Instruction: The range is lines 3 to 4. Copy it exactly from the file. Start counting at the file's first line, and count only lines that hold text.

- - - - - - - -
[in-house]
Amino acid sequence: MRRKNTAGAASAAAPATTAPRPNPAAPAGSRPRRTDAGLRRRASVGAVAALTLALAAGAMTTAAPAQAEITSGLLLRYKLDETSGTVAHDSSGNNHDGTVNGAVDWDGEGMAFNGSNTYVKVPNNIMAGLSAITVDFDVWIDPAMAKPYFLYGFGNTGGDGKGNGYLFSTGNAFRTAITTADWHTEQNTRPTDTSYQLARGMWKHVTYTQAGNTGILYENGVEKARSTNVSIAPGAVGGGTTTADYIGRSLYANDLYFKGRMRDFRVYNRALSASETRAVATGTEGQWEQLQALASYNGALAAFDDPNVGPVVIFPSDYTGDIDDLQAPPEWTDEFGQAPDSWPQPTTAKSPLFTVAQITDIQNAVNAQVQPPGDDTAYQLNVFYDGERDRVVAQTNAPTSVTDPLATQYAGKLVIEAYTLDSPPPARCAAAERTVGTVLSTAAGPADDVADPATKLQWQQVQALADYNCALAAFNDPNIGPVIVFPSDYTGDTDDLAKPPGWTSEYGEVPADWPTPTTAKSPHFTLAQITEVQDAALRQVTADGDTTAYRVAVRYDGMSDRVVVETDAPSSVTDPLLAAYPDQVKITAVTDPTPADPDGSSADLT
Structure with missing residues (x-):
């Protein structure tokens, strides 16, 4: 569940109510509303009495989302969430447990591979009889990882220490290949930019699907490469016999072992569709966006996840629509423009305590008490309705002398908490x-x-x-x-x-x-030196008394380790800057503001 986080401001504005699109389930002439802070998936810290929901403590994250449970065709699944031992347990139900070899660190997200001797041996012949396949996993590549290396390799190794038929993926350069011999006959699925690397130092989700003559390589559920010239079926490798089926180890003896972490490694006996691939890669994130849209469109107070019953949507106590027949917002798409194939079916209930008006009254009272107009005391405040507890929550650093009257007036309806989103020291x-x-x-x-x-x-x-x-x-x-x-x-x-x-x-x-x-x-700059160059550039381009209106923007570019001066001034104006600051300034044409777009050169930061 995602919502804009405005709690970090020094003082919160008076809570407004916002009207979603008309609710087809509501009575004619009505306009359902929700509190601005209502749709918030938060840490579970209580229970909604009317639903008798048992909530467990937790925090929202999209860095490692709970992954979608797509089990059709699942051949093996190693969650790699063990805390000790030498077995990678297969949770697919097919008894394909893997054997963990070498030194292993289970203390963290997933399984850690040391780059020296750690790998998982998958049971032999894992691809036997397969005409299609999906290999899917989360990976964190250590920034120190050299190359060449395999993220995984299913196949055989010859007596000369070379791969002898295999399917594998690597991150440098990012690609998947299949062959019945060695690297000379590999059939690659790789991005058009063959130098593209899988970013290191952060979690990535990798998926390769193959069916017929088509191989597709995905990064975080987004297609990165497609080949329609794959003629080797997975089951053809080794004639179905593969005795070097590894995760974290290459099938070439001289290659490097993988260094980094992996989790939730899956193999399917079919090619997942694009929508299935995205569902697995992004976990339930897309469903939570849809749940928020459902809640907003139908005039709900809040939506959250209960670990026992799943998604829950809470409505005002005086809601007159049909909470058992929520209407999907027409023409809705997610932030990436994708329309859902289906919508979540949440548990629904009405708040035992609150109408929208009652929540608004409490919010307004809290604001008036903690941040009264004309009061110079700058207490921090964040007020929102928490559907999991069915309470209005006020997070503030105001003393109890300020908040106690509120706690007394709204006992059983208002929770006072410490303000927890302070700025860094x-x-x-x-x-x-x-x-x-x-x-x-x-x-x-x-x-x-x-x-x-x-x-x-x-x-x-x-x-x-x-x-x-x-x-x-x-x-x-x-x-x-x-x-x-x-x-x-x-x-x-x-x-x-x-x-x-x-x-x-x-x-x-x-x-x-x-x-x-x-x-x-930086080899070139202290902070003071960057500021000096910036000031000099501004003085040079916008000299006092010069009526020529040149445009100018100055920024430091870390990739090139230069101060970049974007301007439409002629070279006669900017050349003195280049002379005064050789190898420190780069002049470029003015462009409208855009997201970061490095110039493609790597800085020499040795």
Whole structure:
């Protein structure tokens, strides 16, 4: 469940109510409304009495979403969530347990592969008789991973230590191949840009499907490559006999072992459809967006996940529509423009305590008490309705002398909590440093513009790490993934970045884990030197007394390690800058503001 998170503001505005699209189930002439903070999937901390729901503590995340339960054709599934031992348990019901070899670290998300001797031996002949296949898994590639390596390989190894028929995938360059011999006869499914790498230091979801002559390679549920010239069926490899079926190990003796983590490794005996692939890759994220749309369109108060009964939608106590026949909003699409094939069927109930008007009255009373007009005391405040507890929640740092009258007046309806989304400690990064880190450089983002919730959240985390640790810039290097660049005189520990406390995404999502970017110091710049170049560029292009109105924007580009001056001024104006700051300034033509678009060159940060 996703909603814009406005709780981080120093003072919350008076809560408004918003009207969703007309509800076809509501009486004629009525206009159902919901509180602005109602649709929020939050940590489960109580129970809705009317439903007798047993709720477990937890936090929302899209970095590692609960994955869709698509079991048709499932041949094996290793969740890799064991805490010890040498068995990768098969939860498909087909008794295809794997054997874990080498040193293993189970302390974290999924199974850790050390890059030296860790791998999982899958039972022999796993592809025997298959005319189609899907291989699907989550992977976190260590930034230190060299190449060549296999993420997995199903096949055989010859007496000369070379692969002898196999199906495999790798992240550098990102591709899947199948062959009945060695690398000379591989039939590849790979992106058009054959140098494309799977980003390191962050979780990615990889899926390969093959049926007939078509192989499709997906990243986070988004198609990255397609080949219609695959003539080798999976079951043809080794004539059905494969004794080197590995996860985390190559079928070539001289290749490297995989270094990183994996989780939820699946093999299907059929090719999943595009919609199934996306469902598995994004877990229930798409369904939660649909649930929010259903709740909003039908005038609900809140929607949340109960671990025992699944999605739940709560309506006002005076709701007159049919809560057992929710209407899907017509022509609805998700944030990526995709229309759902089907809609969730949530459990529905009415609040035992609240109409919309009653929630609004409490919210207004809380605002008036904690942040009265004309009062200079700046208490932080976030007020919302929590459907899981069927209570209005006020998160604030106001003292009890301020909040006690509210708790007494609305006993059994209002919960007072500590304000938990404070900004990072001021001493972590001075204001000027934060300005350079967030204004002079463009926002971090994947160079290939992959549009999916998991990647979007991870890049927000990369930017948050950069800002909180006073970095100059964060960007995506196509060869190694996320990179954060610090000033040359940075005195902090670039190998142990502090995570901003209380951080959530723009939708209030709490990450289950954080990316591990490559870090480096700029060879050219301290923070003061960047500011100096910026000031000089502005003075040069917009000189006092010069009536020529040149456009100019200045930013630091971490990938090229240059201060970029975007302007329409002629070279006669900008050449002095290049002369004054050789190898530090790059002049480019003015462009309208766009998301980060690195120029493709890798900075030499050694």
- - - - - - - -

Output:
Structure with missing residues (x-):
């Protein structure tokens, strides 16, 4: 569940109510509303009495989302969430447990591979009889990882220490290949930019699907490469016999072992569709966006996840629509423009305590008490309705002398908490x-x-x-x-x-x-030196008394380790800057503001 986080401001504005699109389930002439802070998936810290929901403590994250449970065709699944031992347990139900070899660190997200001797041996012949396949996993590549290396390799190794038929993926350069011999006959699925690397130092989700003559390589559920010239079926490798089926180890003896972490490694006996691939890669994130849209469109107070019953949507106590027949917002798409194939079916209930008006009254009272107009005391405040507890929550650093009257007036309806989103020291x-x-x-x-x-x-x-x-x-x-x-x-x-x-x-x-x-x-700059160059550039381009209106923007570019001066001034104006600051300034044409777009050169930061 995602919502804009405005709690970090020094003082919160008076809570407004916002009207979603008309609710087809509501009575004619009505306009359902929700509190601005209502749709918030938060840490579970209580229970909604009317639903008798048992909530467990937790925090929202999209860095490692709970992954979608797509089990059709699942051949093996190693969650790699063990805390000790030498077995990678297969949770697919097919008894394909893997054997963990070498030194292993289970203390963290997933399984850690040391780059020296750690790998998982998958049971032999894992691809036997397969005409299609999906290999899917989360990976964190250590920034120190050299190359060449395999993220995984299913196949055989010859007596000369070379791969002898295999399917594998690597991150440098990012690609998947299949062959019945060695690297000379590999059939690659790789991005058009063959130098593209899988970013290191952060979690990535990798998926390769193959069916017929088509191989597709995905990064975080987004297609990165497609080949329609794959003629080797997975089951053809080794004639179905593969005795070097590894995760974290290459099938070439001289290659490097993988260094980094992996989790939730899956193999399917079919090619997942694009929508299935995205569902697995992004976990339930897309469903939570849809749940928020459902809640907003139908005039709900809040939506959250209960670990026992799943998604829950809470409505005002005086809601007159049909909470058992929520209407999907027409023409809705997610932030990436994708329309859902289906919508979540949440548990629904009405708040035992609150109408929208009652929540608004409490919010307004809290604001008036903690941040009264004309009061110079700058207490921090964040007020929102928490559907999991069915309470209005006020997070503030105001003393109890300020908040106690509120706690007394709204006992059983208002929770006072410490303000927890302070700025860094x-x-x-x-x-x-x-x-x-x-x-x-x-x-x-x-x-x-x-x-x-x-x-x-x-x-x-x-x-x-x-x-x-x-x-x-x-x-x-x-x-x-x-x-x-x-x-x-x-x-x-x-x-x-x-x-x-x-x-x-x-x-x-x-x-x-x-x-x-x-x-x-930086080899070139202290902070003071960057500021000096910036000031000099501004003085040079916008000299006092010069009526020529040149445009100018100055920024430091870390990739090139230069101060970049974007301007439409002629070279006669900017050349003195280049002379005064050789190898420190780069002049470029003015462009409208855009997201970061490095110039493609790597800085020499040795």